Kim and Geneveve spent a lot of the week swimming at the local Alahanui warm pools. It’s definitely nicest to go at high tide so you can swim around. Geneveve made a lot of progress learning to swim here since with the warm water she can stay in without getting cold for a long time. She still can’t swim on her own and is hesitant to put her face underwater, but she practiced swimming a few feet between us and is completely independent floating around on her tube now. We also visited the tide pools very briefly because it’s really rocky and was cloudy and cold, not a good recipe for a happy toddler. The Champagne pond was nice and kind of like the Alahanui pools in that it’s warmer, but it’s harder to access since to get there you need to go over a lava road that’s only 4 wheel drive accessible – we walked.

Besides swimming we went to a lot of local farmers’ markets and events, which seem to be happening frequently. There’s definitely a lot of interesting people in the area (not more than Portland, but that’s a hard competition to win), and we ran into a lot of them repeatedly. I think the most amusing person for me was the tall skinny white guy who wore nothing but a little loincloth like setup and smashed poi on a rock.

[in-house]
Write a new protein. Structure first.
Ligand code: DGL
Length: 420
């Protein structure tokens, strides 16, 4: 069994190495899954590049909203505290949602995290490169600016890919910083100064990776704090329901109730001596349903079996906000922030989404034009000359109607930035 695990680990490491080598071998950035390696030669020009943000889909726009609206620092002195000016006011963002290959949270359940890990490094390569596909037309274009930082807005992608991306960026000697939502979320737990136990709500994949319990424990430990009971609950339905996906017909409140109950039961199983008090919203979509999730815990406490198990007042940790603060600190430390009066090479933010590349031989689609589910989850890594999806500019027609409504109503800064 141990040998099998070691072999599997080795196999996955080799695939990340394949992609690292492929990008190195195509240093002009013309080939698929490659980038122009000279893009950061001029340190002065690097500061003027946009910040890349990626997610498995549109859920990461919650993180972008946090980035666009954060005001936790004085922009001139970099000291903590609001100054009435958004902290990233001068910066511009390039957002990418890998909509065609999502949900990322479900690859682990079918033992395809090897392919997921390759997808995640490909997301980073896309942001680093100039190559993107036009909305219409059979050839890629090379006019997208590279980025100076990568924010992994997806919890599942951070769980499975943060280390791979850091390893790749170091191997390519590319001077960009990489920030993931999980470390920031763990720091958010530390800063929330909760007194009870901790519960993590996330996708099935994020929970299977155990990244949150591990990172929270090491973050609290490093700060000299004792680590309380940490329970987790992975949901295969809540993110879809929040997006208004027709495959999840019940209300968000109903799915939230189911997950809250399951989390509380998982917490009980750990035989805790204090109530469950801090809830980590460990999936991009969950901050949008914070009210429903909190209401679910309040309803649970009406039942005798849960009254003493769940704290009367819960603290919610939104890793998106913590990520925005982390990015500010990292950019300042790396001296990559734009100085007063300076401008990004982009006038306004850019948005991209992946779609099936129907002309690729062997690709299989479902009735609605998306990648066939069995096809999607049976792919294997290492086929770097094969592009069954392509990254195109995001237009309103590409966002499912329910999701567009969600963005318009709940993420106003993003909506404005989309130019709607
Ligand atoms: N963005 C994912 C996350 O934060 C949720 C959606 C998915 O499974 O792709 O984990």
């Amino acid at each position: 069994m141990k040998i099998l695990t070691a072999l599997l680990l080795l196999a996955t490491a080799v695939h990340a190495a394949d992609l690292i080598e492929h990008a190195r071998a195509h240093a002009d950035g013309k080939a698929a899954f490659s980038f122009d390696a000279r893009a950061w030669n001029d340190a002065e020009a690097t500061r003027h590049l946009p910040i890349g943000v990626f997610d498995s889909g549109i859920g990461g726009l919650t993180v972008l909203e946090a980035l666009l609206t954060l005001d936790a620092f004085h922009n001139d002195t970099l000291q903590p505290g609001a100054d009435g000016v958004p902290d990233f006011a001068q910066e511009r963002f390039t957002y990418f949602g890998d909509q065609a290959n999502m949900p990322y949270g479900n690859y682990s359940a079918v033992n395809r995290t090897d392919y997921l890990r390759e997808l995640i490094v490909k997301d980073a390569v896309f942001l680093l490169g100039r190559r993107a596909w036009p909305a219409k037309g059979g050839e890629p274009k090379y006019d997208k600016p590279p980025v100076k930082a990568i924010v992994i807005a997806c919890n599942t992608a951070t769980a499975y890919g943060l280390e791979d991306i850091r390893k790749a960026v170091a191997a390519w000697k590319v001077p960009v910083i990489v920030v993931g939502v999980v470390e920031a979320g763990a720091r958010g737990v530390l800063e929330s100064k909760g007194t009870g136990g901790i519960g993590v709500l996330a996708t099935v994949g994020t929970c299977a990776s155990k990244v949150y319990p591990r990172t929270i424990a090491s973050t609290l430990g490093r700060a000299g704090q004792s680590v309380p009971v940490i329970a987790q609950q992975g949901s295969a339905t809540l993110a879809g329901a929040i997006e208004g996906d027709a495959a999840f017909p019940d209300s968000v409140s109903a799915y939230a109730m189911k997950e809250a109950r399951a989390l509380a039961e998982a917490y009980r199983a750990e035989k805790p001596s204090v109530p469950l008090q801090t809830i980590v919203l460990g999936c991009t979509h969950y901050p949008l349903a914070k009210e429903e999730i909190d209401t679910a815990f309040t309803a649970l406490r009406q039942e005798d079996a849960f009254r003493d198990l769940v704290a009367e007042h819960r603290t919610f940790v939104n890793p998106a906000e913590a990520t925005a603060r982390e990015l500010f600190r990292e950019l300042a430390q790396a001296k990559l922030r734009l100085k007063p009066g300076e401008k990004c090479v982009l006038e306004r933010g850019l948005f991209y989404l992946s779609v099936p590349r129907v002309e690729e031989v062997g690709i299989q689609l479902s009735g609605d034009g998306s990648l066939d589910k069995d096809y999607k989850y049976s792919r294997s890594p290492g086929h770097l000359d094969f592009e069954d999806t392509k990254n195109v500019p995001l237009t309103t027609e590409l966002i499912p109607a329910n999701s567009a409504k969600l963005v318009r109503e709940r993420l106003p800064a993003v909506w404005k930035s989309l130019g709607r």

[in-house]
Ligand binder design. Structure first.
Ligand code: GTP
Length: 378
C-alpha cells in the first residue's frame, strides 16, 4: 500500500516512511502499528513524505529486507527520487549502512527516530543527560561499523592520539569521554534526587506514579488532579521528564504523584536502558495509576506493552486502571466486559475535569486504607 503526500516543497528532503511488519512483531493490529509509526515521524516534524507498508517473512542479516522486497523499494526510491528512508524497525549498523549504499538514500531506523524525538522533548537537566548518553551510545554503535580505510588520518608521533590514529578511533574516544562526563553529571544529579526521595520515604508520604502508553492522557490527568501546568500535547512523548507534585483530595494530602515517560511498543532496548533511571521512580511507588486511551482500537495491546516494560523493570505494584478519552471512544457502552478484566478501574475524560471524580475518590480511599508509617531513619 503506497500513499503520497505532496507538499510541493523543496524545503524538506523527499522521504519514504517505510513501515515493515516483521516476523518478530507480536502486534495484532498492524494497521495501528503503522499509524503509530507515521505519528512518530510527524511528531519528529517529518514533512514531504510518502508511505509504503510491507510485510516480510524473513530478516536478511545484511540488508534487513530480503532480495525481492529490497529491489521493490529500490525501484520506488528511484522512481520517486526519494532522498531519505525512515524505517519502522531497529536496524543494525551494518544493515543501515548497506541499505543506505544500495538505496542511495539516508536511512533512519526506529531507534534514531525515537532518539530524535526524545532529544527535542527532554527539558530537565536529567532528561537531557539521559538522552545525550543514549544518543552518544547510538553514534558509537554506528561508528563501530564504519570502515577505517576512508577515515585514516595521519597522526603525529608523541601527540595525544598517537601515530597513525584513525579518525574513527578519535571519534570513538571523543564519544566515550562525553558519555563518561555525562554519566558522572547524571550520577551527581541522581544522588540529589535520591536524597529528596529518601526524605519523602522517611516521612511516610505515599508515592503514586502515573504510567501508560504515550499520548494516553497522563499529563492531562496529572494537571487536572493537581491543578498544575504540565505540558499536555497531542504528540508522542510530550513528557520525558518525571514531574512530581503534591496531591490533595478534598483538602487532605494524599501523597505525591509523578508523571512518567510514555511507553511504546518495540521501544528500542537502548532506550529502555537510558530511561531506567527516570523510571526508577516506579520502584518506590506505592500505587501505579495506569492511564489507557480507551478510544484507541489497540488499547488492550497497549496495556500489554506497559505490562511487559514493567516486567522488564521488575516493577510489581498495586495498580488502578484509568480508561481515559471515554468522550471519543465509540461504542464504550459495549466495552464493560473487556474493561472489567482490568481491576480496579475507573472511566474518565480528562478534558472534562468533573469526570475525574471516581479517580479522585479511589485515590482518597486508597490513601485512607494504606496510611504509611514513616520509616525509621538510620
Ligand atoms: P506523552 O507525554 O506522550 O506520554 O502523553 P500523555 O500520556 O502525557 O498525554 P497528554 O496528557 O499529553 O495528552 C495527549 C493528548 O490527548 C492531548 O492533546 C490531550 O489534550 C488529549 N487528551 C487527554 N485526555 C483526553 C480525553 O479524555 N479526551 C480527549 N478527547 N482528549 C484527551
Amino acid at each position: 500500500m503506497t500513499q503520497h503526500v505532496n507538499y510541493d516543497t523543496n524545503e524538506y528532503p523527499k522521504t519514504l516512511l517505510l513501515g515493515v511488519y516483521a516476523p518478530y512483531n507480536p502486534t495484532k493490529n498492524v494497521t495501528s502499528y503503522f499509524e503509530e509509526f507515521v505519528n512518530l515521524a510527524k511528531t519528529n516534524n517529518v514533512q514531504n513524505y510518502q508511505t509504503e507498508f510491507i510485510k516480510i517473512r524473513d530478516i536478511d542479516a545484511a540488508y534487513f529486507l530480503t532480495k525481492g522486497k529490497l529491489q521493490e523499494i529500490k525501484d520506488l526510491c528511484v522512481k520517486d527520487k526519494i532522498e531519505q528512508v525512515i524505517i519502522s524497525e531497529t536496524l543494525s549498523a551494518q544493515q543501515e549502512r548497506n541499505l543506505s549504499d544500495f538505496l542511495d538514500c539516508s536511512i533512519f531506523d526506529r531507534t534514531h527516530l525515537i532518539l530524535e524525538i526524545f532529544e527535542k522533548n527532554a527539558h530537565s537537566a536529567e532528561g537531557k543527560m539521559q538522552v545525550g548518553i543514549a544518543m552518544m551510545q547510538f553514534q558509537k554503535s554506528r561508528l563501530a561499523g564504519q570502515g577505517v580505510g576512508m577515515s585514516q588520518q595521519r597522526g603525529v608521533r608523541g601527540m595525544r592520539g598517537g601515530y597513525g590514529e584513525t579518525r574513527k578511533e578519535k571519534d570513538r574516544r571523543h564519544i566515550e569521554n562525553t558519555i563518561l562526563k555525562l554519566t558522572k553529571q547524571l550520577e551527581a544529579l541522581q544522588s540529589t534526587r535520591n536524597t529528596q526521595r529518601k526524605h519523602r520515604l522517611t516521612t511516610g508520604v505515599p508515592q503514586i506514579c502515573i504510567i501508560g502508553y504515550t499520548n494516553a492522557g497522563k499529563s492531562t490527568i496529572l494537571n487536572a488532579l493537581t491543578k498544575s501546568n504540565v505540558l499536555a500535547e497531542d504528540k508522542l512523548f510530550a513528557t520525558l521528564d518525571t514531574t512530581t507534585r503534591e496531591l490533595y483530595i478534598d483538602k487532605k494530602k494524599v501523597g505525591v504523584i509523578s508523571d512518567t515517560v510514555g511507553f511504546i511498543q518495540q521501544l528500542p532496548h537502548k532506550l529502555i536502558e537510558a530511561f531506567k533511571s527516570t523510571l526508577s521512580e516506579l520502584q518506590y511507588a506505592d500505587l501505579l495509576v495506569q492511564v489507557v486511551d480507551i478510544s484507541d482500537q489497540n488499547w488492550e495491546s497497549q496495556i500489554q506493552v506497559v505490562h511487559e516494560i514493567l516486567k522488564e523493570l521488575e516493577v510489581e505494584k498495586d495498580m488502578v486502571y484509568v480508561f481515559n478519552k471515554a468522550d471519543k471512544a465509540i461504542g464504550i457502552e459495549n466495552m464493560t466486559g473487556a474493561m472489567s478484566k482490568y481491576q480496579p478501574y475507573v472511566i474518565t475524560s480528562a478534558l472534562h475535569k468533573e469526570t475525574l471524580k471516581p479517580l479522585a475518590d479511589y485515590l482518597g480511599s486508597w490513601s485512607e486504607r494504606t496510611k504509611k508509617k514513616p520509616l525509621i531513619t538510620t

Toward the end of the week we left for Hilo to stay with our friends who had recently moved from Portland to Hilo. They have a girl a few months older than Geneveve, which was fun by the end of our stay, but initially she was not excited to share anything with Geneveve which resulted in a lot of screaming on both sides. I worked a day in Hilo at a coffee shop, and then we had a few to hang out.

We went to local zoo which isn’t a big, impressive zoo, but is free and great fun for little kids as it includes a nice playground. We attended a rally against Monsanto’s GMO practices on the island, which was a fun way to interact with some of the locals. We browsed the shops, went to the beach one day, ate at the local restaurants and generally just hung out for a not so touristy feeling couple of days. It was sunny for a few days, and cloudy for a few.

The last night was eventful since Geneveve woke up around 11pm throwing up. Not sure what prompted it, and she was fine the next day, so it was a thankfully short bout of sickness. We left Wednesday morning to continue seeing the north part of the island.

March 9, 2013

Hawaii Vacation: Coast to Volcanos to Coast

Filed under: travel — mmrobins @ 9:54 pm